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The biochemist Nick Lane thinks life first evolved in hydrothermal vents where precursors of metabolism appeared before genetic information. His ideas could lead us to think differently about aging and cancer.
How did life arise on Earth? Steven Strogatz speaks with the Nobel Prize-winning biologist Jack Szostak and Betül Kaçar, a paleogeneticist and astrobiologist, to explore our best understanding of how we all got here.
RNA and peptides coevolving in the primordial world might have jointly served as a precursor to the modern ribosome.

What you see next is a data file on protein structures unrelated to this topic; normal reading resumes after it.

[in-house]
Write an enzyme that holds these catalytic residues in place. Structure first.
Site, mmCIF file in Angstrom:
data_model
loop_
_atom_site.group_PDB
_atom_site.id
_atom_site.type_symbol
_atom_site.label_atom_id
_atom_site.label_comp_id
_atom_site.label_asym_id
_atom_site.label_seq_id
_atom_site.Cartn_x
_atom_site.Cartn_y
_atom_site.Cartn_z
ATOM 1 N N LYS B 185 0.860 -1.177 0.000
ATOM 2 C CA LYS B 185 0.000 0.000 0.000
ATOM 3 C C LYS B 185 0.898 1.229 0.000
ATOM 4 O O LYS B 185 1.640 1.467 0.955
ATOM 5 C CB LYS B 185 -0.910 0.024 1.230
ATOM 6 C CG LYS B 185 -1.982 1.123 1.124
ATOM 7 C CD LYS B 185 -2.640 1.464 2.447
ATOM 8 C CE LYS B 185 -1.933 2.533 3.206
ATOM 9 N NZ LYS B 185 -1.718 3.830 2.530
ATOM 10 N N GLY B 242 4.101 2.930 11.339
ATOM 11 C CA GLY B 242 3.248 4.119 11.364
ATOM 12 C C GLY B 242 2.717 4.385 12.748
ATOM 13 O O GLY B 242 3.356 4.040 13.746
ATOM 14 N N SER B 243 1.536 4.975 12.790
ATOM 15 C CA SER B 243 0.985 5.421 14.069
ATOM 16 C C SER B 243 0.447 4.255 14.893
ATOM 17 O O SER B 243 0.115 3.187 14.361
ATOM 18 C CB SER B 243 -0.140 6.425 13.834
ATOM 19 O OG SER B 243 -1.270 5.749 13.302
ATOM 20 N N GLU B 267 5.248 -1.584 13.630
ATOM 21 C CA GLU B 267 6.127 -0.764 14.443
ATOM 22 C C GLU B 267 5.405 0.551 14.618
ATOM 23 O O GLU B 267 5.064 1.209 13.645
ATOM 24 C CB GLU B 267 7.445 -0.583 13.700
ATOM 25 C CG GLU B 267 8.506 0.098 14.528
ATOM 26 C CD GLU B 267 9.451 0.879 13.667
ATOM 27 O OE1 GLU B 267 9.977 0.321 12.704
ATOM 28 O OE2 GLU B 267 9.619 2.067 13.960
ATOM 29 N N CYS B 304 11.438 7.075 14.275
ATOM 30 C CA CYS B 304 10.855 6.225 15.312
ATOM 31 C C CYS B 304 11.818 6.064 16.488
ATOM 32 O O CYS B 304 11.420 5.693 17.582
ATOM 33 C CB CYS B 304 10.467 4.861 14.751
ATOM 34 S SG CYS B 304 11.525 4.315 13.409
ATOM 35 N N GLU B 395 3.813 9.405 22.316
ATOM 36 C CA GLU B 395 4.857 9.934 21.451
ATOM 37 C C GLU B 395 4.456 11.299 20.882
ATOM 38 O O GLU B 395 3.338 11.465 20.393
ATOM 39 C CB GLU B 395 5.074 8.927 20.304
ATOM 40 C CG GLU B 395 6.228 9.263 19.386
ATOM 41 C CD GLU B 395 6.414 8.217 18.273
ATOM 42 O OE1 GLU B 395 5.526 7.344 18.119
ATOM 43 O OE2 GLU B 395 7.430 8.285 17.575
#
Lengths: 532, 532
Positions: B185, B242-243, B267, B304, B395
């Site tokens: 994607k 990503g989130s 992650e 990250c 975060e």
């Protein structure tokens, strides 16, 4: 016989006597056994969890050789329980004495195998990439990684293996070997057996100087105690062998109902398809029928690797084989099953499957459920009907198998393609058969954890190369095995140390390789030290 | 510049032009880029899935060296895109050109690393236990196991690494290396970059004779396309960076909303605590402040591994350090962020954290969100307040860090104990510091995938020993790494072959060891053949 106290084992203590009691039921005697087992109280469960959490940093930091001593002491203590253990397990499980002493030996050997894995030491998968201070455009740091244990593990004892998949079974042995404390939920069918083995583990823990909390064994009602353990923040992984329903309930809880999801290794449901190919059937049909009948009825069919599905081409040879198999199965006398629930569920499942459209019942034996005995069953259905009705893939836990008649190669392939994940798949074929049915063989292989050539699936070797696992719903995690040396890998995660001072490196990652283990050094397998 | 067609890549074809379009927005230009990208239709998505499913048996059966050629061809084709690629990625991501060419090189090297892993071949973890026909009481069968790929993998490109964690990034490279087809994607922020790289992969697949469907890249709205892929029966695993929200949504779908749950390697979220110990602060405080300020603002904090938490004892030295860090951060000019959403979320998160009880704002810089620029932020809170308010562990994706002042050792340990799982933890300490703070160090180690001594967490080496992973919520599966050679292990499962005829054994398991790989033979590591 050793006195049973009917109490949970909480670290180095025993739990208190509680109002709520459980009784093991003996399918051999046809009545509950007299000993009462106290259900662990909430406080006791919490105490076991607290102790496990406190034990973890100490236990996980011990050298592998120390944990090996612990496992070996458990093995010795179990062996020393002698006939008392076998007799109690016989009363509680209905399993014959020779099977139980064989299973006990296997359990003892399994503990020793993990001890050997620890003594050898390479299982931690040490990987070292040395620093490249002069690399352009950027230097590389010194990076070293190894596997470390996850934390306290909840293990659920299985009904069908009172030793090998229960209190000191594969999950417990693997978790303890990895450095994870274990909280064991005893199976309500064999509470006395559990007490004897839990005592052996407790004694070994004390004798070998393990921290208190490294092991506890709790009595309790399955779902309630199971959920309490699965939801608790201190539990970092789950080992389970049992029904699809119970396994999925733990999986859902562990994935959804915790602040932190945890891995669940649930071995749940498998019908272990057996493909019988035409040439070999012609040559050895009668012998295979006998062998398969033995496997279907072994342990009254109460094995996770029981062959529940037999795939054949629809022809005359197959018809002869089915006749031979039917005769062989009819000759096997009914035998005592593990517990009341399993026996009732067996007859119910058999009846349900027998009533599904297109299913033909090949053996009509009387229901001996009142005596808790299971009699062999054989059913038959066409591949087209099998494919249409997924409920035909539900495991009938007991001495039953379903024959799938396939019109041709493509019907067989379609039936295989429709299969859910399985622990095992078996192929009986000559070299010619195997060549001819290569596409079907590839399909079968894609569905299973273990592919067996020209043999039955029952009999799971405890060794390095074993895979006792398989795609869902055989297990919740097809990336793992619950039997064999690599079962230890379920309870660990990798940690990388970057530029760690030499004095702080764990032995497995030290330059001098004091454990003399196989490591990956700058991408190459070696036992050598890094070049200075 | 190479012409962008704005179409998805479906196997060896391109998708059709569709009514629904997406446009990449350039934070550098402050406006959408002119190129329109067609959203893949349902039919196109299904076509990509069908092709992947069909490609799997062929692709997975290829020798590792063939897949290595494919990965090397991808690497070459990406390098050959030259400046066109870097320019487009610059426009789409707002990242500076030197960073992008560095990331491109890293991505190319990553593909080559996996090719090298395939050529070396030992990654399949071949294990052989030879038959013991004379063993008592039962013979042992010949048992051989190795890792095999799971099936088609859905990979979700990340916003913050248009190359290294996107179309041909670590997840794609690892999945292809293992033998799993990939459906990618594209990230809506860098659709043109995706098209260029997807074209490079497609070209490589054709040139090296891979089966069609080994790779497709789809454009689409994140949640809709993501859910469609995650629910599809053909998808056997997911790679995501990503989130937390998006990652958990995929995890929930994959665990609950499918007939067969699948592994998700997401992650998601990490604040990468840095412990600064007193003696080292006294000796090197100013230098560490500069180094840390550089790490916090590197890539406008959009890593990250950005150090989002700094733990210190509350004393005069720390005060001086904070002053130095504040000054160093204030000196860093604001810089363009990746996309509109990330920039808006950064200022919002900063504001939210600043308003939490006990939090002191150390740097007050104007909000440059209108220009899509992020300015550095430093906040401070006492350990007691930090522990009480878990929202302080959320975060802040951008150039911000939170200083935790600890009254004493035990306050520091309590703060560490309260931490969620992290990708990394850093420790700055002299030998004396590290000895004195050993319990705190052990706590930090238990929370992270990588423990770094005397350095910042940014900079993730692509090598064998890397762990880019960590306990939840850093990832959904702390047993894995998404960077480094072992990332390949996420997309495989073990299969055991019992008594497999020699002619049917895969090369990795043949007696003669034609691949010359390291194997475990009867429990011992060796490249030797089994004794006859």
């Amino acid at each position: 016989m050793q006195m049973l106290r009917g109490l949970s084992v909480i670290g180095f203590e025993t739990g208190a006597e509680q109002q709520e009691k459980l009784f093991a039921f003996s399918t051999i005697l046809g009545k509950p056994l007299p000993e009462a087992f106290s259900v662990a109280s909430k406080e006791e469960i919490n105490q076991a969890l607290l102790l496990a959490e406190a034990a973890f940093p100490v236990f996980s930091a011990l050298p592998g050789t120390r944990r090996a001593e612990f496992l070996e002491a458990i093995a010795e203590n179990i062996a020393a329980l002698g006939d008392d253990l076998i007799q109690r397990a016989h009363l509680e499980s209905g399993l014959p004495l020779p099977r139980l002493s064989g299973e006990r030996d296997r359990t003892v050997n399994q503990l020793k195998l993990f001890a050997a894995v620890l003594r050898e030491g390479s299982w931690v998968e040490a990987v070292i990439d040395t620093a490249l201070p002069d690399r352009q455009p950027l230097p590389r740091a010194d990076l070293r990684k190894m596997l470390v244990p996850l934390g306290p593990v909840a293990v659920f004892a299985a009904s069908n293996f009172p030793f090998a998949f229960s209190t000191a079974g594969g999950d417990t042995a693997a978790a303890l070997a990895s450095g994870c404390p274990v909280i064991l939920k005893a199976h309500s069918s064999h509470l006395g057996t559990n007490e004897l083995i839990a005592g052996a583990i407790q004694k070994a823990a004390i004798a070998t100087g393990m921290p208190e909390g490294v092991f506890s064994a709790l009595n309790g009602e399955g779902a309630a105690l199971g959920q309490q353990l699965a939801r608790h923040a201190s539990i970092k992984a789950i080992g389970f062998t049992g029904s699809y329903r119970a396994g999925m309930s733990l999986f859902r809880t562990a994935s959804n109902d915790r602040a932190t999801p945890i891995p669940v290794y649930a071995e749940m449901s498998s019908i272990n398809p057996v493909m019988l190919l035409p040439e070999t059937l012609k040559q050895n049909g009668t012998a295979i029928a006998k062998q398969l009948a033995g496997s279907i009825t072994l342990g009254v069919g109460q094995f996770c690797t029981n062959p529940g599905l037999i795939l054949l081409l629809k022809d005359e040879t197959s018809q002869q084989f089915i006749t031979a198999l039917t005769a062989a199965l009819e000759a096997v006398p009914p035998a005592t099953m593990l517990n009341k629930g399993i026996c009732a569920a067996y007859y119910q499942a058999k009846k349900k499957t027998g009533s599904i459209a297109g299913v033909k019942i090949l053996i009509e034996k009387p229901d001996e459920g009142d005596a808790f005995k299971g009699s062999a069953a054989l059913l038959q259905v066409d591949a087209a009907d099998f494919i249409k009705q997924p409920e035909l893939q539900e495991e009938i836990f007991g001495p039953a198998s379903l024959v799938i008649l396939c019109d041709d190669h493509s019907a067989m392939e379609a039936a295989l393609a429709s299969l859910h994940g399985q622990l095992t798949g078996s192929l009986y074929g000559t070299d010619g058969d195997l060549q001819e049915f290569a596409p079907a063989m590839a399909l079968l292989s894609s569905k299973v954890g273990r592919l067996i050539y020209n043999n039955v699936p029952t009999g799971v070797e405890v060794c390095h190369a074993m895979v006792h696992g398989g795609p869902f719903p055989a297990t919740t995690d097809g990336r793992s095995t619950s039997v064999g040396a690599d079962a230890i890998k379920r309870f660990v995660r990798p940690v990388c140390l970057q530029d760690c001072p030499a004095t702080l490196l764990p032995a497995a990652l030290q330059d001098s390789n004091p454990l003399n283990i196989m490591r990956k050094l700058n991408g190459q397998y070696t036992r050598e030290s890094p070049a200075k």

When researchers gave a genetic molecule the ability to replicate, it evolved over time into a complex network of “hosts” and “parasites” that both competed and cooperated to survive.
The discovery that short peptides can form spontaneously on cosmic dust hints at more of a role for them in the earliest stages of life’s origin, on Earth or elsewhere.
A mathematical model shows how a thermodynamic mechanism could have made protocells split in two.
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